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Mendelevium is a metallic chemical element which is classified among the actinide elements on the periodic table. Little is known about this element, since it does not appear in nature and it is expensive and time consuming to synthesize. Since the element can only really be studied and worked with in trace amounts, commercial uses for mendelevium have not been developed, although it is used in scientific research.
This element is produced by bombarding other elements with charged particles. Typically isotopes of einsteinium are used to produce mendelevium, although other elements can potentially be used as well. Like other elements which can only be produced synthetically, mendelevium exists only in trace amounts at any given time. It has a relatively short half life, ranging from a few minutes to a few months, depending on the isotope which is generated.
This element is identified on the periodic table with the symbol Md, and it has an atomic number of 101, placing it in the transuranic elements. Transuranic elements are elements with atomic numbers greater than that of uranium, and they share a number of properties, notably instability and reactivity. They also presumably share many chemical properties, although the chemical properties of elements like mendelevium are not really known, since it is difficult to glean useful information from the trace amounts generated through synthesis.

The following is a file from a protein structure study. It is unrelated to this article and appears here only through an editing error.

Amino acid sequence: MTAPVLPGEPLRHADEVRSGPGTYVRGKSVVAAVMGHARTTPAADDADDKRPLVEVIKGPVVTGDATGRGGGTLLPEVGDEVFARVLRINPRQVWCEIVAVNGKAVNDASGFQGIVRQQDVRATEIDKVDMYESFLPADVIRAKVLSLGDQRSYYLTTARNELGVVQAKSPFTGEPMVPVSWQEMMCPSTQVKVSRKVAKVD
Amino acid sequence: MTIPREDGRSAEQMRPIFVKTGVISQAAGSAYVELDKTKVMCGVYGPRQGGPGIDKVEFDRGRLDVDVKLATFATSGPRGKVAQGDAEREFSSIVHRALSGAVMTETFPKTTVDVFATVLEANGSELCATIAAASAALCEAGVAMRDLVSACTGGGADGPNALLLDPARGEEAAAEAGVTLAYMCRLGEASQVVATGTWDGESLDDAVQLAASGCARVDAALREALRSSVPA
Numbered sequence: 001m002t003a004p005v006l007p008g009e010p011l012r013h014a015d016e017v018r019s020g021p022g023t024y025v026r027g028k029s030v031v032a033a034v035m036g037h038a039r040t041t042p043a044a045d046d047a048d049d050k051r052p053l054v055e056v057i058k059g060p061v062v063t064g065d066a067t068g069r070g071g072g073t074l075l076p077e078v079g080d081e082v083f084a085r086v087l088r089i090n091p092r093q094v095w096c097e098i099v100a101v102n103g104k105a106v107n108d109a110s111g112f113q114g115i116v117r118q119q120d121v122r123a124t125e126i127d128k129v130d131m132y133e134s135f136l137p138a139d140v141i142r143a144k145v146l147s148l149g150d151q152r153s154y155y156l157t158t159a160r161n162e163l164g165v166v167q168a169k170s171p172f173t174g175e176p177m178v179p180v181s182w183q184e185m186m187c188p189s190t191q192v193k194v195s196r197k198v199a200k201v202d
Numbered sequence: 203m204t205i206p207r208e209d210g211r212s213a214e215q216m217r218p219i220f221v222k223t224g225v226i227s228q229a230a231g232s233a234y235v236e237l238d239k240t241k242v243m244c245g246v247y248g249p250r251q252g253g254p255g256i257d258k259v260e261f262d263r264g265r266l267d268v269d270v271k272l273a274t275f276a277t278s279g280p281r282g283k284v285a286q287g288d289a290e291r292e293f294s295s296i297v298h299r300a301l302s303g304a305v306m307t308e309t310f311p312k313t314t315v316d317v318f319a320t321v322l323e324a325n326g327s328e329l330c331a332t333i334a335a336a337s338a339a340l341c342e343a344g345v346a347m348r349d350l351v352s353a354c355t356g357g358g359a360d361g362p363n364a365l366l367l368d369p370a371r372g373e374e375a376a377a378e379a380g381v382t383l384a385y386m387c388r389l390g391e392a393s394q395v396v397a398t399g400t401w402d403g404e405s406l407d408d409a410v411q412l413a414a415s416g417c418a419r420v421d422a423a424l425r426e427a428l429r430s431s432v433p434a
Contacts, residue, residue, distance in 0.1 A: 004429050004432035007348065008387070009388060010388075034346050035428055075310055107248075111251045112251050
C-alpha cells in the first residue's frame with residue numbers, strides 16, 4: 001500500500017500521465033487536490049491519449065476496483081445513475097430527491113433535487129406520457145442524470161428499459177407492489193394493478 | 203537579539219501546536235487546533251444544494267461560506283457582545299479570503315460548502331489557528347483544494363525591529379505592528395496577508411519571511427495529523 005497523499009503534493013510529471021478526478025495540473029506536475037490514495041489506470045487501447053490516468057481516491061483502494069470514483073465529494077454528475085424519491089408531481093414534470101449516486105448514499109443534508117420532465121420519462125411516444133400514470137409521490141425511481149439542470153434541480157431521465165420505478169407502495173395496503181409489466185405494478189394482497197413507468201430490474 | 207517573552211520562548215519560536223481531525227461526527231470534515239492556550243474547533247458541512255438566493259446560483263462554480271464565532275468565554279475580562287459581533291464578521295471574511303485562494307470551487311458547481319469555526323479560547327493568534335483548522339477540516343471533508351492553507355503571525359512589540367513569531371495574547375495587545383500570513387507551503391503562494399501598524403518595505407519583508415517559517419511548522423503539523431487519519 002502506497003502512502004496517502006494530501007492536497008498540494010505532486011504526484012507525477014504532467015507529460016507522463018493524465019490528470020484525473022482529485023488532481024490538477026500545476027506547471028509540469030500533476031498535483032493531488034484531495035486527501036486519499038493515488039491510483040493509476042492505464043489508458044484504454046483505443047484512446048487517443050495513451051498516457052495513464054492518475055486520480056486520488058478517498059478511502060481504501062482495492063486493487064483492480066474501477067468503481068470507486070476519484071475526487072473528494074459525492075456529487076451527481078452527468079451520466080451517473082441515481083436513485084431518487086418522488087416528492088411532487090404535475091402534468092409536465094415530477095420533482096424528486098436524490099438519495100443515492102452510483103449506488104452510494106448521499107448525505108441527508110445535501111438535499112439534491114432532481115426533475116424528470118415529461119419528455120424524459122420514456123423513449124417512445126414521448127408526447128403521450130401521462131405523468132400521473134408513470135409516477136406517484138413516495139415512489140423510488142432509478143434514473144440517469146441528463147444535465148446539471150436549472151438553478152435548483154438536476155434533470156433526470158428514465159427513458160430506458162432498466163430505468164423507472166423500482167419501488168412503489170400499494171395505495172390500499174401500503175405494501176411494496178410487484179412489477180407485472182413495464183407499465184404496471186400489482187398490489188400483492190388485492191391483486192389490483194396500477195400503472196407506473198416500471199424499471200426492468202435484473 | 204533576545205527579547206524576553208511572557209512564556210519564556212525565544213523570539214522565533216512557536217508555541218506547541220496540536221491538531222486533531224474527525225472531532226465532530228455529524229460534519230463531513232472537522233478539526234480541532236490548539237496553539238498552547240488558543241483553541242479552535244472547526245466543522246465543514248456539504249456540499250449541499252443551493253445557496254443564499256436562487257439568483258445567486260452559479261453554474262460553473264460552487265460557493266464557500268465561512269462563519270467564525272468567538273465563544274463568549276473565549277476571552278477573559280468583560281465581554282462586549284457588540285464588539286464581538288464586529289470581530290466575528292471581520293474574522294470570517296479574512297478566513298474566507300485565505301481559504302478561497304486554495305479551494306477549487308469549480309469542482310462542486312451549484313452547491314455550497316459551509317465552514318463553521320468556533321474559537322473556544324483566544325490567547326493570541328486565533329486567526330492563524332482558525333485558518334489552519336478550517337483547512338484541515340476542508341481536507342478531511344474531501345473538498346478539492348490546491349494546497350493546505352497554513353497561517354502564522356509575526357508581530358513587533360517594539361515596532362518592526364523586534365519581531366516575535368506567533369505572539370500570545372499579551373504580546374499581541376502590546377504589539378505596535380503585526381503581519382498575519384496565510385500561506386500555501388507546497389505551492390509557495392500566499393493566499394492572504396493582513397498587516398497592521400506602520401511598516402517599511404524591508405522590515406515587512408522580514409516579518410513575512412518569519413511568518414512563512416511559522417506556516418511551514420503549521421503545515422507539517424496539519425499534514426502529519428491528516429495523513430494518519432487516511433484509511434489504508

Credit for the discovery of this element is typically given to a team of physicists at the University of California, Berkeley, who discovered the element in 1955. Glenn Seaborg and Albert Ghiorso were two notable members of the team, which also included Bernard Harvey, Gregory Choppin, and Stanley Thompson. The men proposed “mendelevium” as a name for the new element, honoring Dmitri Ivanovitch Mendeleev, the developer of the first periodic table of elements.
Like other radioactive elements, mendelevium represents a potential human health risk, although this risk is generally rather small since the element only occurs in trace amounts. People who work in laboratories with mendelevium and other radioactive elements follow procedures which are designed to minimize radiation exposure; these procedures typically include the use of monitoring systems which check for radiation.
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